New regulations in Singapore which threaten prison time for anyone found violating “social distancing” protocols exemplify the harsh rules being imposed around the world in the fight against coronavirus.
According to a press release from the Ministry of Health, Singaporeans who fail to maintain a distance of one meter from other people in “non-transient” public interactions can be fined up to 10,000 Singapore dollars ($6,985) and even risk a six-month jail sentence.
The strict measures come as nations around the world adopt similarly extreme provisions to halt the spread of coronavirus.
Jordanian army members guard outside a hotel that was transformed into a quarantine station in Amman, Jordan, March 18, 2020
Jordan introduced some of the most radical anti-coronavirus policies to date. The country initially imposed an around-the-clock lockdown, with officials promising to deliver bread and water to all citizens. Those who violated the strict quarantine were threatened with a year in prison. At least 800 were arrested over a span of several days, the Guardian reported. The measures were later eased, with the government permitting people to take walks and visit shops and pharmacies.
A local police officer checks on people at the Highway exit for Molfetta, southern Italy, March 25, 2020.
© REUTERS/Alessandro Garofalo
Authorities have begun to ratchet up efforts to stop quarantine violators in Italy. The country deployed more than 100 soldiers tasked with enforcing lockdown measures in Lombardy, the hardest-hit region in Europe. More than 90,000 Italians have been slapped with fines which can potentially reach €3,000 ($3,300). Italians can also end up behind bars for three months for flouting the stay-in-place protocols.
Spanish legionnaires patrol an empty street during partial lockdown in southern Spain, March 18, 2020.
© REUTERS/Jon Nazca
Spain might have the most stringent rules in Europe. Since announcing a countrywide lockdown in mid-March, residents have only been allowed outside for essentials such as grocery shopping or medical needs. The provisions, originally scheduled to be lifted after fifteen days, have been extended until April 11. Those found in violation of the rules face astronomical fines, with repeat offenders staring down the possibility of 3-18 months in prison. More than 30,000 fines have been issued and 900 arrests made for disobedience, according to reports.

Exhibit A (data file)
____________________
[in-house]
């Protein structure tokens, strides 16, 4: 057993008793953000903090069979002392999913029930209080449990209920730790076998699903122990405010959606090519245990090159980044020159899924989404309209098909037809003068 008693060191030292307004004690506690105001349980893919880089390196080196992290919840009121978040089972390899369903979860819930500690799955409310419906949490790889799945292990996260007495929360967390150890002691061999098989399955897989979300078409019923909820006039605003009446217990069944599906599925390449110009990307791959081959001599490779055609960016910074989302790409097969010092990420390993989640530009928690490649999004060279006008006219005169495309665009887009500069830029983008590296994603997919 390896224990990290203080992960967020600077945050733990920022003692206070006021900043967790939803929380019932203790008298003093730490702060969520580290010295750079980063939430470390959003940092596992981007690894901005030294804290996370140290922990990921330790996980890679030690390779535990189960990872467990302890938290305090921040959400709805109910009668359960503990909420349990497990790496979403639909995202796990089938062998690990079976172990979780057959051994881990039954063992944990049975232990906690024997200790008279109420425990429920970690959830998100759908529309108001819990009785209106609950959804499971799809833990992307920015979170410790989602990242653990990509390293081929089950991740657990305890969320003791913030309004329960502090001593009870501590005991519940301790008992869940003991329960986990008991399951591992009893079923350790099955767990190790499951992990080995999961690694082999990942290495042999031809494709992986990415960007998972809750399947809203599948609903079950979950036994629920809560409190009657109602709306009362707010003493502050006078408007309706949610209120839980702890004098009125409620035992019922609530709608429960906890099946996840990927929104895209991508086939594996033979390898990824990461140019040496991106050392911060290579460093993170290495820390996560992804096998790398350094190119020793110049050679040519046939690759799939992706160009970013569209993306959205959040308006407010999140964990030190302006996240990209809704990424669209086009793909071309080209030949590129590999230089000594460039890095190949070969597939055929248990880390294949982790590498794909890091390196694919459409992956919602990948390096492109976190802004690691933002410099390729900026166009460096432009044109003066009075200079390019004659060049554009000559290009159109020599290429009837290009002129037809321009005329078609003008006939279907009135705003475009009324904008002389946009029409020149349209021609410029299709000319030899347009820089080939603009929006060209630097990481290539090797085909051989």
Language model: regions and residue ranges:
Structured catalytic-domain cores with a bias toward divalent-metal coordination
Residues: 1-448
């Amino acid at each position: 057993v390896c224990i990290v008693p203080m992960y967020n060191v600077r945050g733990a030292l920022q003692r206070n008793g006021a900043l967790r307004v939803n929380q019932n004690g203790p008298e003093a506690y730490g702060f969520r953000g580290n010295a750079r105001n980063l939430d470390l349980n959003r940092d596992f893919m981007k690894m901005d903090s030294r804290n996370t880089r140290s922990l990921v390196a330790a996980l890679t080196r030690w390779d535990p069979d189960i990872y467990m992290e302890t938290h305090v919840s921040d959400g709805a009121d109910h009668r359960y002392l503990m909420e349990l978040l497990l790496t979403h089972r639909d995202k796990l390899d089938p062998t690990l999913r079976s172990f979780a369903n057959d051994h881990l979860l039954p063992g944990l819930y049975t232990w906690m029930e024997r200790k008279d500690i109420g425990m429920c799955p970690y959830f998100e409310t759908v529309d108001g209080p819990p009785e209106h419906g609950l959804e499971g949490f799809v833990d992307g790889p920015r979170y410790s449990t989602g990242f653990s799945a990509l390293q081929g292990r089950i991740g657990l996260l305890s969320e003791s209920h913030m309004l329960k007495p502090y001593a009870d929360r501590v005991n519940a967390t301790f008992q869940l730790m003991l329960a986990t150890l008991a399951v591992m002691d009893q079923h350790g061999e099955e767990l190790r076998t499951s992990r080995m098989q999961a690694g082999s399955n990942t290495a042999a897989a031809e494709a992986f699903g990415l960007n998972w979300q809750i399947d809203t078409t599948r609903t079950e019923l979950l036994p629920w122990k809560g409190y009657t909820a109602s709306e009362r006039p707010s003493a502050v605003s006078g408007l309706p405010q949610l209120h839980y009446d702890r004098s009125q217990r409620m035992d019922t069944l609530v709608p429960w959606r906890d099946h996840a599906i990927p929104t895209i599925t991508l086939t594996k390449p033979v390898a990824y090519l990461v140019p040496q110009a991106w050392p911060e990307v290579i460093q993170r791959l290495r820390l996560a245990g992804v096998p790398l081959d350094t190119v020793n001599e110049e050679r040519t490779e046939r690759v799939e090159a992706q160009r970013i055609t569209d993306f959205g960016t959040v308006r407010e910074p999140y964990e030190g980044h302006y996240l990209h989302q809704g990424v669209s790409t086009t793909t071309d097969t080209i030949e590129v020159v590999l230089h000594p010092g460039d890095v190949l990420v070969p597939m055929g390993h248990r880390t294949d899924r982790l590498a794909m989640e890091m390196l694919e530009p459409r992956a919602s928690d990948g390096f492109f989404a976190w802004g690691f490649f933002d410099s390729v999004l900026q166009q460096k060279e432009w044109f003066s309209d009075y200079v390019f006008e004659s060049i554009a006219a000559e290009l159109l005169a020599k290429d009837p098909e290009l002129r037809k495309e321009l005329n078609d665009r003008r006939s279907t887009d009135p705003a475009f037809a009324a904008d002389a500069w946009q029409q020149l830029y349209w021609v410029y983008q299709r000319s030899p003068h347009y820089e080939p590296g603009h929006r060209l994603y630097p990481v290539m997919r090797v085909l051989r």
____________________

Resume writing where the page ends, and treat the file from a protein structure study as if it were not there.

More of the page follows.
People line up in circles drawn with chalk to maintain safe distance in Mumbai, India, March 25, 2020.
© REUTERS/Francis Mascarenhas
Prime Minister Narendra Modi placed a 21-day lockdown on his country on Tuesday, forcing 1.3 billion people into their homes with only essential services and businesses remaining open. The nationwide quarantine is being enforced with no-nonsense punishments: Using a number of provisions already on the books, authorities are empowered to hand out hefty fines and jail terms lasting up to two years.
A play area is seen cordoned off with Police tape, as the spread of the coronavirus continues, High Wycombe, Britain, March 26, 2020.
© REUTERS/Eddie Keogh
Police in Britain have been given the power to forcefully make people return to their homes, as part of a nationwide lockdown. Those without a “reasonable excuse” to be out and about could be hit with a £60 ($73) fine. A second offense could cost you double that.
Despite posts yesterday highlighting issues of people still visiting the #PeakDistrict despite government guidance, the message is still not getting through. @DerPolDroneUnit have been out at beauty spots across the county, and this footage was captured at #CurbarEdge last night. pic.twitter.com/soxWvMl0ls
— Derbyshire Police (@DerbysPolice) March 26, 2020
The measures have already faced criticism, with Derbyshire police causing uproar on social media for using drones to “shame” people allegedly violating social distancing rules.
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